Third Sunday of Easter (Mother’s Day), 14th April, 2024, St. Donald’s Parish, Karu, Abuja. Homily by Archbishop I. A. Kaigama.

Readings: Acts 3:13-15. 17-19ab; Psalm 4:2.4.7; 1 John 2:1-5a; Luke 24:35-48


That Christ died and rose is in no doubt. The excitement of this unprecedented phenomenon was palpable among the disciples. The risen Christ was why the women found an empty tomb; He was the very one the disciples on the road to Emmaus encountered during which their hearts were burning as He talked with them explaining the scriptures. The breaking of bread as described in the gospel today occurred to show without any element of doubt that indeed Christ died and rose from the dead. Luke observes that the apostles’ disbelief was a consequence of sheer joy on their part (“in their joy they were disbelieving”). News of the resurrection appeared to them just too good to be true!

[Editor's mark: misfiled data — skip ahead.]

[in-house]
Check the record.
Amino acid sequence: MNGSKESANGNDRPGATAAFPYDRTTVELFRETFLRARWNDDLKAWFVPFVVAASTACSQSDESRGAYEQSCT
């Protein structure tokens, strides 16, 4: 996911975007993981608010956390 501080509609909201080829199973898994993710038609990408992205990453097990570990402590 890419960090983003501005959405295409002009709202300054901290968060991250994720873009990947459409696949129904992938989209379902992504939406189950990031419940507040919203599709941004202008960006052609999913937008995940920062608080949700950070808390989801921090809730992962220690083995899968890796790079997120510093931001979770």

The emphasis today is not about the mere excitement following the resurrection of Christ, but the need to transcend the resurrection reality by doing something personal and concrete.

Beyond the resurrection excitement, today’s readings speak to us about repentance, forgiveness, and how the resurrection should become a transformative power for us. In the first reading from the Acts of the Apostle, Peter addressed the people, acknowledging their role in the crucifixion of Jesus, yet offering them hope through repentance and conversion. Peter invites them to turn away from their sins. This passage reminds us of the importance of acknowledging our faults, to seek forgiveness, and to embrace the mercy of God.